How does Wilfred Owen represent conflict in Dulce ET Decorum Est? Refer to other poems in your answer. The entire story of Dulce et Decorum revolves around conflict. It was the first poem to show a realistic description of the war. It was conflict that created the atrocity that we call ‘The Great War’. This is showing one of the many devices Wilfred Owen and Siegfried Sassoon used in their famous War poems and the conflict that ended the lifestyles that they describe. Wilfred Owen and Siegfried Sassoon were personally involved in the War and so had first- hand experience of the horrors of trench warfare.
Owen shows war and conflict in a negative way and one way he does this is through the use of evil connotations – for example referring to “hags” when he is talking about the young soldiers. The word hags shows how the war has changed these soldiers into brutal, evil individuals. Owen’ s language is filled with not so much anger but with sadness and bitterness . He uses rhetorical questions to show his frustration at the madness of war and the effect on people’s lives.
It is not the physical wounds but the mental ones that are impossible to heal. The who, where and why questions, remain unanswered in the first part of the poem.The second section portrays the past lives and how now they will always see and hear the horrors of war. This shows the conflict between their past lives and their possible future. World War one was an experience for civilisation and as a result of the extreme and horrific conditions the soldiers were subjected to, it encouraged many of them to record such conditions. Having seen the trench trauma of modern day warfare in 1914-1918 it allowed the two poets to show a frontline view, letting the readers know life behind the gas mask and the truth about the conflict.At the beginning of Dulce ET Decorum Est, Wilfred Owen tells us of the actions of his team. “Bent double…knock-kneed, coughing like hags.
” This illustrates the struggle the soldiers face even when returning home to the apparent safety of their barracks. Even when gunfire has ceased in their area, they are still suffering due to the position the conflict has put them in. The only thing the other soldiers can do is sit back and watch their comrade die because of the gas. “ he plunges at me ,guttering ,choking, drowning”.In the rest of the paragraph Owen elaborates more on the environmental conflict, because many of the soldiers died due to conditions rather than as a result of direct combat, which was a significant factor to the war.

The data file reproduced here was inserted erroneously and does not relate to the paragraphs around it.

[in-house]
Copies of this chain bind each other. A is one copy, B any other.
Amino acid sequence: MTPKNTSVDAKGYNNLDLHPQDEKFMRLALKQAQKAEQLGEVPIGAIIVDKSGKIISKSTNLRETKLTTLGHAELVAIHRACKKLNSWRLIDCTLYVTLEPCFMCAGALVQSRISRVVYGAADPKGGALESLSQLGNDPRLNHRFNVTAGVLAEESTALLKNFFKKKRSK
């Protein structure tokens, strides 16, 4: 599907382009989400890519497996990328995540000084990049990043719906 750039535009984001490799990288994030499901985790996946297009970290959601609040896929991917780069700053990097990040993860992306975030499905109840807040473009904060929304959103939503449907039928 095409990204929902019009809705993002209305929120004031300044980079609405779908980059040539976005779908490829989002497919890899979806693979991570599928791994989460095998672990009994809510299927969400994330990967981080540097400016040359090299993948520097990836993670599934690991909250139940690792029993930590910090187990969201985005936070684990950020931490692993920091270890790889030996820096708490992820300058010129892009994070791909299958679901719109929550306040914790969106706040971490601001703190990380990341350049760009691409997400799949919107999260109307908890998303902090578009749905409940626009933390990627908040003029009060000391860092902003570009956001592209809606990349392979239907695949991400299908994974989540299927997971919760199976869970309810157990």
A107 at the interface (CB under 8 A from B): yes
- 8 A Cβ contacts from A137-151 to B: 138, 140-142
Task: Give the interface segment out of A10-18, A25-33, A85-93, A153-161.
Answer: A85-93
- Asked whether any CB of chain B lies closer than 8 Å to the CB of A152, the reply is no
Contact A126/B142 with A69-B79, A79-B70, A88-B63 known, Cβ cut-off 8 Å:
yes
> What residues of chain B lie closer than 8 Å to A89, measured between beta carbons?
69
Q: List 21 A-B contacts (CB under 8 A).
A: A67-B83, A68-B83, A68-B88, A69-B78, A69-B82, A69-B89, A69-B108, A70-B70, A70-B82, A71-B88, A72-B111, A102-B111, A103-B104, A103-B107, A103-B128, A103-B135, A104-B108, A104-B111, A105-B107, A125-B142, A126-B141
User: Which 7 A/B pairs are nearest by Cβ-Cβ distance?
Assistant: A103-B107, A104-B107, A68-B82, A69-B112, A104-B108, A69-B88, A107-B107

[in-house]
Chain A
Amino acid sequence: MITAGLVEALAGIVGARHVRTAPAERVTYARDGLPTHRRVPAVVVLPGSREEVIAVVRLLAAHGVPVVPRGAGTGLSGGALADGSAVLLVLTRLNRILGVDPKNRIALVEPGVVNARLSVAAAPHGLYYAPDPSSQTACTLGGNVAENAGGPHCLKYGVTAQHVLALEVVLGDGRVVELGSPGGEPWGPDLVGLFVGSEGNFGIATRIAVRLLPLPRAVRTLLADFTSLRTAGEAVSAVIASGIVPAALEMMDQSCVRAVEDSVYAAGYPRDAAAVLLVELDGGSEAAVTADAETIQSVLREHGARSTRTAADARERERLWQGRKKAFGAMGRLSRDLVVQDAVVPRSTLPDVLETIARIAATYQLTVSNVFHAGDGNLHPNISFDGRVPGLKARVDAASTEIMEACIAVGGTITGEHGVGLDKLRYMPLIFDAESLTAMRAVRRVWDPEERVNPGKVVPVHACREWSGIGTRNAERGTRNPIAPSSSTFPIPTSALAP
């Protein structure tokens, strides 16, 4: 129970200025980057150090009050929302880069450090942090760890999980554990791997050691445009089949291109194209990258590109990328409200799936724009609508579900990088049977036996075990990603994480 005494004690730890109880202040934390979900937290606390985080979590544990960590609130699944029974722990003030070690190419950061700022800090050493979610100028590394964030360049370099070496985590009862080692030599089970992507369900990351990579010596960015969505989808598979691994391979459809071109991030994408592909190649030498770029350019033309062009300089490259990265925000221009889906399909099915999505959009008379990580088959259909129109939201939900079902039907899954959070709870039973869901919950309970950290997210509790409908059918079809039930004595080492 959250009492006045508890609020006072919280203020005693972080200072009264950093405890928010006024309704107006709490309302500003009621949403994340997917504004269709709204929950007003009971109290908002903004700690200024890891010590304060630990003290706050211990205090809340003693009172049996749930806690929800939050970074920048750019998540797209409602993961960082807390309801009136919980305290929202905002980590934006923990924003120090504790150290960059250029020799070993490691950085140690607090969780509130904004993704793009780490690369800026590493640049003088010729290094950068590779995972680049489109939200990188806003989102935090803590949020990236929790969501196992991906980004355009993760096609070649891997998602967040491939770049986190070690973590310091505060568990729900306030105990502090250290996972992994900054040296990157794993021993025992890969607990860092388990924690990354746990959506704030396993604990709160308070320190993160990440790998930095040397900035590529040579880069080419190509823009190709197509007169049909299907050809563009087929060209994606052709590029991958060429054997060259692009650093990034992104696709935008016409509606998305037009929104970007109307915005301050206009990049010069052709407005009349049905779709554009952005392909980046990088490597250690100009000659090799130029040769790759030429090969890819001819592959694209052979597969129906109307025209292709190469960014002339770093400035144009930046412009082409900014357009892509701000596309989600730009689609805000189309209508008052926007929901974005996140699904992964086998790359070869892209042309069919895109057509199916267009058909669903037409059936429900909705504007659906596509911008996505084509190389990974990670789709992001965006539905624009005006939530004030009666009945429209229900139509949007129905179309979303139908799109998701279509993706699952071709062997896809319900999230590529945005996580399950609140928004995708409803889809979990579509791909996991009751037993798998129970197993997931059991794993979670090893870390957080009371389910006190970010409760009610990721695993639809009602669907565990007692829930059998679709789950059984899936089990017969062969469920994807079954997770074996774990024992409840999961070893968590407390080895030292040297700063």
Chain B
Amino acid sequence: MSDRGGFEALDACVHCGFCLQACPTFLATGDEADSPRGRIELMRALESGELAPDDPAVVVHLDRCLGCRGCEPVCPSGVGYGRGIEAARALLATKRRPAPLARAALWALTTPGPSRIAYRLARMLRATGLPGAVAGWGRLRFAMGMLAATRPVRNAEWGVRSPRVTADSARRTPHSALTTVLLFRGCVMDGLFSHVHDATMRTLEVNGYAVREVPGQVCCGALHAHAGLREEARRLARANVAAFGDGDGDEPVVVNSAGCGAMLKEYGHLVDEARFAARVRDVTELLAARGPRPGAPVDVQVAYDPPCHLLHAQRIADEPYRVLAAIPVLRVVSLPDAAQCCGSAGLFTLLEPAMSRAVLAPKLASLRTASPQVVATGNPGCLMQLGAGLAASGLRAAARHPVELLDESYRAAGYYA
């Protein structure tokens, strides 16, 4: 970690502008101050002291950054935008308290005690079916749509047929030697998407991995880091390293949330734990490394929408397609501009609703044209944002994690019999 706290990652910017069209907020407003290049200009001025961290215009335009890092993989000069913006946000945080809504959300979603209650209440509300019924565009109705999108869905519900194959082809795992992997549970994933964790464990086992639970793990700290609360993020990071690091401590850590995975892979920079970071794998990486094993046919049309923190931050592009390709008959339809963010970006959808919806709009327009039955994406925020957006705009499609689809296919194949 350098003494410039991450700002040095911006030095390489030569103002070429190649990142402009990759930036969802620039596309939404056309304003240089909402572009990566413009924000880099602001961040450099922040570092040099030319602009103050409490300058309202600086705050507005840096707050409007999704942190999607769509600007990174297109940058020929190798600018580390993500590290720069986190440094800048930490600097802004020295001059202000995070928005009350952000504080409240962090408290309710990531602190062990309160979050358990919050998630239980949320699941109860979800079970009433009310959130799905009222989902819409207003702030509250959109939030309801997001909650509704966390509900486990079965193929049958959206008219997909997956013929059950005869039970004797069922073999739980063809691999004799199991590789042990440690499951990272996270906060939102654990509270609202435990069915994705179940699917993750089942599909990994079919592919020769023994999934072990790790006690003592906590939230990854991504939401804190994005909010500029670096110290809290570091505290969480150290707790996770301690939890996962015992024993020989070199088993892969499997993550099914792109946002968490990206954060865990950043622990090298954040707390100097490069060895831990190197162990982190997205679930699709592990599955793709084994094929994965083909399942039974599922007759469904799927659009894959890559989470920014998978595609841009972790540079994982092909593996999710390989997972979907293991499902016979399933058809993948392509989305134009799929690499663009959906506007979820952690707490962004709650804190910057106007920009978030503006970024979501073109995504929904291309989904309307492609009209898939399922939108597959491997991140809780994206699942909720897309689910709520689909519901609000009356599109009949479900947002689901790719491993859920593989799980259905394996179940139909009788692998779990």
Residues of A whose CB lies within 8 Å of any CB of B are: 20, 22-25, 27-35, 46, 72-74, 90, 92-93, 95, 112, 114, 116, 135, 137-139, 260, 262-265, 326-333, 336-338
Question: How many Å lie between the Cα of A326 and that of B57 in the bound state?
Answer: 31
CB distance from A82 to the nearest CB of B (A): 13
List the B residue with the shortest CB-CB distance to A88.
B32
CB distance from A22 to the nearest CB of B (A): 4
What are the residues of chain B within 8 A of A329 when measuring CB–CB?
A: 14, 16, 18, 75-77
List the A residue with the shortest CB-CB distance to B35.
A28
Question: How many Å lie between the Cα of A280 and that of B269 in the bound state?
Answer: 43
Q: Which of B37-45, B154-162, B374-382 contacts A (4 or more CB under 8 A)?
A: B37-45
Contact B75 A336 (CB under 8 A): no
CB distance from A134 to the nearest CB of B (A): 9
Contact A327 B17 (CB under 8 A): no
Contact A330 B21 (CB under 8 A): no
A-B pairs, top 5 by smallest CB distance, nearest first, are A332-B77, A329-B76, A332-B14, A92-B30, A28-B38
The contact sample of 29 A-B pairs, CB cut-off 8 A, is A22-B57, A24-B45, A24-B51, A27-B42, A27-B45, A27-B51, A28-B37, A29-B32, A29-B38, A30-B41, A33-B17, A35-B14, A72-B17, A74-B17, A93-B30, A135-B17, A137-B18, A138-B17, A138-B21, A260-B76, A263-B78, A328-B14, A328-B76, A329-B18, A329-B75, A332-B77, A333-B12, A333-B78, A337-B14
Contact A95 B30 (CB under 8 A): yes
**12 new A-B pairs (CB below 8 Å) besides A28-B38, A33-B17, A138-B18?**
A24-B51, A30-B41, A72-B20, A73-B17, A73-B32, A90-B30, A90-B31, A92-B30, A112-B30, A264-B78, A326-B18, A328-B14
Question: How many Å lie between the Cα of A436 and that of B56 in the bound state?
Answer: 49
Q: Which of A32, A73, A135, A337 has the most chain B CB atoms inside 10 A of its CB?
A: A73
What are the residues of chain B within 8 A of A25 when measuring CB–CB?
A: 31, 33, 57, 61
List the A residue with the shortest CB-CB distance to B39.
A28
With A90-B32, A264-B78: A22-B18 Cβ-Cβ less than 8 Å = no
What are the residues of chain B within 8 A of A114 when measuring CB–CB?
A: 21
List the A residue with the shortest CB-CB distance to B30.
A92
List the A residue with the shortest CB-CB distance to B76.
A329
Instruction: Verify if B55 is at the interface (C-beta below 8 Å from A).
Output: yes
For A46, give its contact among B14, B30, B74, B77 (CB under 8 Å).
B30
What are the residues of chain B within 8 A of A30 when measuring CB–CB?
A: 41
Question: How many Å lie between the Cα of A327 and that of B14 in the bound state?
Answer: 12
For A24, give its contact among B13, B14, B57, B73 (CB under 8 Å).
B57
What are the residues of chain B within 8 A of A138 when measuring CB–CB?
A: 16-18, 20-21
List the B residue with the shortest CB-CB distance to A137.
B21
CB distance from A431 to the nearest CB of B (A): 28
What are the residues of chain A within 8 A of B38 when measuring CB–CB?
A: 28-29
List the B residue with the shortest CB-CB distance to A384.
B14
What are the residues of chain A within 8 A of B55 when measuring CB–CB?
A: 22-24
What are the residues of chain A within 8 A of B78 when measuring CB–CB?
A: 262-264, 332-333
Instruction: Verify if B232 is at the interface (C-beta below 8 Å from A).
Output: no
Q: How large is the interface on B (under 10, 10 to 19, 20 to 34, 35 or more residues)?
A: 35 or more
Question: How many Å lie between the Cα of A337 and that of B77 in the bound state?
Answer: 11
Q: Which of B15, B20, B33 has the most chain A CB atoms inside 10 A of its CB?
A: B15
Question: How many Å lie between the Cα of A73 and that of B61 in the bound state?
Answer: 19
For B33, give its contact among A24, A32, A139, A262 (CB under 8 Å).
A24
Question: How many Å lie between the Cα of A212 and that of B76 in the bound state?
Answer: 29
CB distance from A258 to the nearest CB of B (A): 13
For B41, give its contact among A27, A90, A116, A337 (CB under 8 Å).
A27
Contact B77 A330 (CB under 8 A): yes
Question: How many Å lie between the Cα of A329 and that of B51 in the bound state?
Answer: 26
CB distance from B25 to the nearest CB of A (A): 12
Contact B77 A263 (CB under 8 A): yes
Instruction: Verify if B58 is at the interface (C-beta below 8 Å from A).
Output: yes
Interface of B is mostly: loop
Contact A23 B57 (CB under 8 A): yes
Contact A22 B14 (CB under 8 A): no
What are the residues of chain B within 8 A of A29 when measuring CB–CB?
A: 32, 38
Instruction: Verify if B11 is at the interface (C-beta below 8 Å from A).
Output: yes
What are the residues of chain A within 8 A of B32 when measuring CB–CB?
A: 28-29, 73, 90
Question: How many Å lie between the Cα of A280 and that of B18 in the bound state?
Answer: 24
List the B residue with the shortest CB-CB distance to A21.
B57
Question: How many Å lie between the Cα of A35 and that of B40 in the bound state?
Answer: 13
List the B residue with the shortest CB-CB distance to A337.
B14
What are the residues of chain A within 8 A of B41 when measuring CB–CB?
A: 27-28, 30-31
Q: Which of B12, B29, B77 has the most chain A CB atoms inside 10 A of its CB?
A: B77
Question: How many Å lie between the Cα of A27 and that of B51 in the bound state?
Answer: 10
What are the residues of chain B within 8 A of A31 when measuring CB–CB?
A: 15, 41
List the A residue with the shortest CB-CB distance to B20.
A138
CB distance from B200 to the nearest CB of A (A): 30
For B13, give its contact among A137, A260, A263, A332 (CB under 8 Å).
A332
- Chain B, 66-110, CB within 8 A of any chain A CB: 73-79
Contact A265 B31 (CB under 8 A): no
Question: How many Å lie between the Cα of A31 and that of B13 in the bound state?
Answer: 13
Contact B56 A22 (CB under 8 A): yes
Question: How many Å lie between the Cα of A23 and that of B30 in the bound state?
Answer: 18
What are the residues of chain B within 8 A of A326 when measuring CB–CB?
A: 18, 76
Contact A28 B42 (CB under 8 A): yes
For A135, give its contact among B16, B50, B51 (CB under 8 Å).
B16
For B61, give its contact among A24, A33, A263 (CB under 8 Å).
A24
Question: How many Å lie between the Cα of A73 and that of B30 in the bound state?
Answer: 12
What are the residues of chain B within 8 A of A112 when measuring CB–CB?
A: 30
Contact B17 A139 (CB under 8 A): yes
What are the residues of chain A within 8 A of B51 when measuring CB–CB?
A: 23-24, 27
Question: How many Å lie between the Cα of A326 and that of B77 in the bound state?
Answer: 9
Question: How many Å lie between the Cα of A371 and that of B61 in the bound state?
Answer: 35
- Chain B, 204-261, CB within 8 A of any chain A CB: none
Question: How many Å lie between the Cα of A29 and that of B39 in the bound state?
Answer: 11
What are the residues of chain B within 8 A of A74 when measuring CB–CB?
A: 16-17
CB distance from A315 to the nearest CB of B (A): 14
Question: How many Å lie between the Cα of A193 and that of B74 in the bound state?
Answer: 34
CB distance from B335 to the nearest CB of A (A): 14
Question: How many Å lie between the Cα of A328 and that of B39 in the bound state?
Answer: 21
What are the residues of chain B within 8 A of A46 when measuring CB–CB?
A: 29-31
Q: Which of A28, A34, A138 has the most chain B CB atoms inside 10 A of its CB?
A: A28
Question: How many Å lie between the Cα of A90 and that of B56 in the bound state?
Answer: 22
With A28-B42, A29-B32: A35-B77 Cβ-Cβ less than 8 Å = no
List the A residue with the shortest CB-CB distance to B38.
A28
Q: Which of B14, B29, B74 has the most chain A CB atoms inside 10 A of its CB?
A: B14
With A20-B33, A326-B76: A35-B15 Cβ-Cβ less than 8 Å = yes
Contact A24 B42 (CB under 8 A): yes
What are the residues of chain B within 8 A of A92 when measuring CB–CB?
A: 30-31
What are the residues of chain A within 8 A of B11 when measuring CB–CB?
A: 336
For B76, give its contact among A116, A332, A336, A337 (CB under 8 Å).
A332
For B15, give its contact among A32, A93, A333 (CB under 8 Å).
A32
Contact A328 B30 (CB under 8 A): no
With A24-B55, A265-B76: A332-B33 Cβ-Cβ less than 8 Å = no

Another one of Owens Poems “Base Detail” portrays conflict from a negative perspective . We can see this in Dulce ET Decorum Est, “we cursed through sludge” and Sassoon’s Suicide in the trenches “in winter trenches, cowed and glum”. These poems show those “smug-faced crowds” that the conditions are far worse than the everyday British life. While you are knitting socks to send your son”, extracted from Glory of Women, presents an interesting image of a warm and cosy lifestyle, instead of the destruction in which warfare takes place.
At the beginning of the poem Owen describes to the reader the terrible conditions he and his fellow comrades are in and they make their way back to the war zone and he does this by using similes and metaphors “” Bent double like old beggars under sacks”. ” Knock-kneed , coughing like hags , we cursed through sludge”.It gives the impression of troops of men trudging along, ill and war-torn struggling to keep awake. Onomatopoeia is used to describe the muddy conditions “sludge” and “trudge” . The physical conflict is the challenge of the gas attack and the soldiers panic when it happens. The psychological conflict is the challenge of this gas attack and the trauma of seeing colleagues die and how it is remembered in dreams.